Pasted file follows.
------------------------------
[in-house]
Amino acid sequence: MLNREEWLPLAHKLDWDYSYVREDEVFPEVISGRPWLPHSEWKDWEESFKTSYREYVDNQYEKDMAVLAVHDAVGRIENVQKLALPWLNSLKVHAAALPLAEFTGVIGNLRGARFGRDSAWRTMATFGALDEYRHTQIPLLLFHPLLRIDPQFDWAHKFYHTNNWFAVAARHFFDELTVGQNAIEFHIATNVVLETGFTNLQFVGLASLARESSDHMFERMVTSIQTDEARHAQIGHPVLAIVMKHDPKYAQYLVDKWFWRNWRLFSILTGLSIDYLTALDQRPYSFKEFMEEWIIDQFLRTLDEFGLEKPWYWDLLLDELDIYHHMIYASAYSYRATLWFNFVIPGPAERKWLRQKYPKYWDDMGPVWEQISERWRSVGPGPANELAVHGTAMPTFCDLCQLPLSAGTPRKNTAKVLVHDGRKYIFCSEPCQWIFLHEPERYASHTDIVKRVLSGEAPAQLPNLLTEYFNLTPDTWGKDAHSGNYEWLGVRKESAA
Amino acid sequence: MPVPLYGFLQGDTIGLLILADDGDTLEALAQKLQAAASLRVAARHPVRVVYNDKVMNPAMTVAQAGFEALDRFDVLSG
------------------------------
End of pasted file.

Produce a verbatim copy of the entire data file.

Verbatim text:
[in-house]
Amino acid sequence: MLNREEWLPLAHKLDWDYSYVREDEVFPEVISGRPWLPHSEWKDWEESFKTSYREYVDNQYEKDMAVLAVHDAVGRIENVQKLALPWLNSLKVHAAALPLAEFTGVIGNLRGARFGRDSAWRTMATFGALDEYRHTQIPLLLFHPLLRIDPQFDWAHKFYHTNNWFAVAARHFFDELTVGQNAIEFHIATNVVLETGFTNLQFVGLASLARESSDHMFERMVTSIQTDEARHAQIGHPVLAIVMKHDPKYAQYLVDKWFWRNWRLFSILTGLSIDYLTALDQRPYSFKEFMEEWIIDQFLRTLDEFGLEKPWYWDLLLDELDIYHHMIYASAYSYRATLWFNFVIPGPAERKWLRQKYPKYWDDMGPVWEQISERWRSVGPGPANELAVHGTAMPTFCDLCQLPLSAGTPRKNTAKVLVHDGRKYIFCSEPCQWIFLHEPERYASHTDIVKRVLSGEAPAQLPNLLTEYFNLTPDTWGKDAHSGNYEWLGVRKESAA
Amino acid sequence: MPVPLYGFLQGDTIGLLILADDGDTLEALAQKLQAAASLRVAARHPVRVVYNDKVMNPAMTVAQAGFEALDRFDVLSG